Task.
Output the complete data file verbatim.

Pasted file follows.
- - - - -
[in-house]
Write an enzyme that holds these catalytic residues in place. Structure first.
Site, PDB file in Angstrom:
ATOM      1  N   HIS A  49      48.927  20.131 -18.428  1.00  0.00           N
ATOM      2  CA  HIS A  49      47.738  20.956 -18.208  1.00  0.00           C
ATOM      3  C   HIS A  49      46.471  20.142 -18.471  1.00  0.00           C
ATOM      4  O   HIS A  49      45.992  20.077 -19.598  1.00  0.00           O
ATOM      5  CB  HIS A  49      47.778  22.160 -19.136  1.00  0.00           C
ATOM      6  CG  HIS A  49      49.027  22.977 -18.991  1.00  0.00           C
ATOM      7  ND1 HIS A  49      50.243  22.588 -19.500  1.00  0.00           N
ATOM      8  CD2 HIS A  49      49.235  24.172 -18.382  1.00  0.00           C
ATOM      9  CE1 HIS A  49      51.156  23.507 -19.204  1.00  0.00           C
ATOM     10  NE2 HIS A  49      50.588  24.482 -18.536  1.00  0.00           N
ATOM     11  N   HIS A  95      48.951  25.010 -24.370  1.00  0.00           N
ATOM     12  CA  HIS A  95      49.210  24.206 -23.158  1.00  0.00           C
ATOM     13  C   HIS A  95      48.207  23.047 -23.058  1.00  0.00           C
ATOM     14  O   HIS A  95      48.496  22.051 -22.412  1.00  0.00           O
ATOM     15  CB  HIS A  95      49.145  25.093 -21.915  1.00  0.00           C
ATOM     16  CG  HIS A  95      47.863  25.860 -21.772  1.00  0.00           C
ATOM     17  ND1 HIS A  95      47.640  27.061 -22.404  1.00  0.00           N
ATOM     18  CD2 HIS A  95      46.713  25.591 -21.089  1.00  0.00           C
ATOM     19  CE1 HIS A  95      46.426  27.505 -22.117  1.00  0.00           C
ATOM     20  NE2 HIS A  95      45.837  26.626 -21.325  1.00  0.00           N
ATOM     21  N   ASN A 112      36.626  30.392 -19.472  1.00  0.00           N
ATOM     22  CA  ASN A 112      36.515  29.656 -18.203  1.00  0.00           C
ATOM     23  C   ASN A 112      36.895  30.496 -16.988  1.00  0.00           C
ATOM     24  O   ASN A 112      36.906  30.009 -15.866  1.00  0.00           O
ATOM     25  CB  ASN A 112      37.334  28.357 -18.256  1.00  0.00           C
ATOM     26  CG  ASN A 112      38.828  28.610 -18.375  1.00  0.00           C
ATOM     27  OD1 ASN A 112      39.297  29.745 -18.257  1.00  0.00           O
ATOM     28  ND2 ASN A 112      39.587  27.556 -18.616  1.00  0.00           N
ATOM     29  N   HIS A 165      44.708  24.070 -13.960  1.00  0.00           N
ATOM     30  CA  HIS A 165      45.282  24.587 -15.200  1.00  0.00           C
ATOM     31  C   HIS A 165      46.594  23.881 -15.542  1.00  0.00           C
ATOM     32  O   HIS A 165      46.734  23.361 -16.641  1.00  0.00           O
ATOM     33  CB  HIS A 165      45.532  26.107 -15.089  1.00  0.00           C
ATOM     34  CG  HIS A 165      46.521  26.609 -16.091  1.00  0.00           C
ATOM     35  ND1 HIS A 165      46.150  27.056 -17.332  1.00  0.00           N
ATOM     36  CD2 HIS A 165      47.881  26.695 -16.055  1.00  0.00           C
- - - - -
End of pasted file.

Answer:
[in-house]
Write an enzyme that holds these catalytic residues in place. Structure first.
Site, PDB file in Angstrom:
ATOM      1  N   HIS A  49      48.927  20.131 -18.428  1.00  0.00           N
ATOM      2  CA  HIS A  49      47.738  20.956 -18.208  1.00  0.00           C
ATOM      3  C   HIS A  49      46.471  20.142 -18.471  1.00  0.00           C
ATOM      4  O   HIS A  49      45.992  20.077 -19.598  1.00  0.00           O
ATOM      5  CB  HIS A  49      47.778  22.160 -19.136  1.00  0.00           C
ATOM      6  CG  HIS A  49      49.027  22.977 -18.991  1.00  0.00           C
ATOM      7  ND1 HIS A  49      50.243  22.588 -19.500  1.00  0.00           N
ATOM      8  CD2 HIS A  49      49.235  24.172 -18.382  1.00  0.00           C
ATOM      9  CE1 HIS A  49      51.156  23.507 -19.204  1.00  0.00           C
ATOM     10  NE2 HIS A  49      50.588  24.482 -18.536  1.00  0.00           N
ATOM     11  N   HIS A  95      48.951  25.010 -24.370  1.00  0.00           N
ATOM     12  CA  HIS A  95      49.210  24.206 -23.158  1.00  0.00           C
ATOM     13  C   HIS A  95      48.207  23.047 -23.058  1.00  0.00           C
ATOM     14  O   HIS A  95      48.496  22.051 -22.412  1.00  0.00           O
ATOM     15  CB  HIS A  95      49.145  25.093 -21.915  1.00  0.00           C
ATOM     16  CG  HIS A  95      47.863  25.860 -21.772  1.00  0.00           C
ATOM     17  ND1 HIS A  95      47.640  27.061 -22.404  1.00  0.00           N
ATOM     18  CD2 HIS A  95      46.713  25.591 -21.089  1.00  0.00           C
ATOM     19  CE1 HIS A  95      46.426  27.505 -22.117  1.00  0.00           C
ATOM     20  NE2 HIS A  95      45.837  26.626 -21.325  1.00  0.00           N
ATOM     21  N   ASN A 112      36.626  30.392 -19.472  1.00  0.00           N
ATOM     22  CA  ASN A 112      36.515  29.656 -18.203  1.00  0.00           C
ATOM     23  C   ASN A 112      36.895  30.496 -16.988  1.00  0.00           C
ATOM     24  O   ASN A 112      36.906  30.009 -15.866  1.00  0.00           O
ATOM     25  CB  ASN A 112      37.334  28.357 -18.256  1.00  0.00           C
ATOM     26  CG  ASN A 112      38.828  28.610 -18.375  1.00  0.00           C
ATOM     27  OD1 ASN A 112      39.297  29.745 -18.257  1.00  0.00           O
ATOM     28  ND2 ASN A 112      39.587  27.556 -18.616  1.00  0.00           N
ATOM     29  N   HIS A 165      44.708  24.070 -13.960  1.00  0.00           N
ATOM     30  CA  HIS A 165      45.282  24.587 -15.200  1.00  0.00           C
ATOM     31  C   HIS A 165      46.594  23.881 -15.542  1.00  0.00           C
ATOM     32  O   HIS A 165      46.734  23.361 -16.641  1.00  0.00           O
ATOM     33  CB  HIS A 165      45.532  26.107 -15.089  1.00  0.00           C
ATOM     34  CG  HIS A 165      46.521  26.609 -16.091  1.00  0.00           C
ATOM     35  ND1 HIS A 165      46.150  27.056 -17.332  1.00  0.00           N
ATOM     36  CD2 HIS A 165      47.881  26.695 -16.055  1.00  0.00           C